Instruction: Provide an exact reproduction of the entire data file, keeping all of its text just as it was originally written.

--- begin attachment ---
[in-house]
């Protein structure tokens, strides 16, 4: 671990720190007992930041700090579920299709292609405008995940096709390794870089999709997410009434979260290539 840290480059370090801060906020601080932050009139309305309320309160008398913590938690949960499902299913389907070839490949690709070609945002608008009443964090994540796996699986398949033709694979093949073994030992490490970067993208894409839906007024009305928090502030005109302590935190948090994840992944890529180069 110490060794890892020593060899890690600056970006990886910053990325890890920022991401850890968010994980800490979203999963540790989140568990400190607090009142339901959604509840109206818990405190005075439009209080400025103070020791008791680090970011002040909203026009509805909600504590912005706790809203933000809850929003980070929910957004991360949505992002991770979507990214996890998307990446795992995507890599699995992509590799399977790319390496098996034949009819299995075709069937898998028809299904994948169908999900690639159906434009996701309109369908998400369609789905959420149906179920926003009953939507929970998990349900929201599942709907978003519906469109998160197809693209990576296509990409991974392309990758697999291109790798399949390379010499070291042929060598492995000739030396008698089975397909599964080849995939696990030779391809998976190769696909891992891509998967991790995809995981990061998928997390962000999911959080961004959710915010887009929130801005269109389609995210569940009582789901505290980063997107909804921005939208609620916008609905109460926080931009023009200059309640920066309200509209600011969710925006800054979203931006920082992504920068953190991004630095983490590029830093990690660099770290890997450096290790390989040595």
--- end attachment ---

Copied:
[in-house]
């Protein structure tokens, strides 16, 4: 671990720190007992930041700090579920299709292609405008995940096709390794870089999709997410009434979260290539 840290480059370090801060906020601080932050009139309305309320309160008398913590938690949960499902299913389907070839490949690709070609945002608008009443964090994540796996699986398949033709694979093949073994030992490490970067993208894409839906007024009305928090502030005109302590935190948090994840992944890529180069 110490060794890892020593060899890690600056970006990886910053990325890890920022991401850890968010994980800490979203999963540790989140568990400190607090009142339901959604509840109206818990405190005075439009209080400025103070020791008791680090970011002040909203026009509805909600504590912005706790809203933000809850929003980070929910957004991360949505992002991770979507990214996890998307990446795992995507890599699995992509590799399977790319390496098996034949009819299995075709069937898998028809299904994948169908999900690639159906434009996701309109369908998400369609789905959420149906179920926003009953939507929970998990349900929201599942709907978003519906469109998160197809693209990576296509990409991974392309990758697999291109790798399949390379010499070291042929060598492995000739030396008698089975397909599964080849995939696990030779391809998976190769696909891992891509998967991790995809995981990061998928997390962000999911959080961004959710915010887009929130801005269109389609995210569940009582789901505290980063997107909804921005939208609620916008609905109460926080931009023009200059309640920066309200509209600011969710925006800054979203931006920082992504920068953190991004630095983490590029830093990690660099770290890997450096290790390989040595």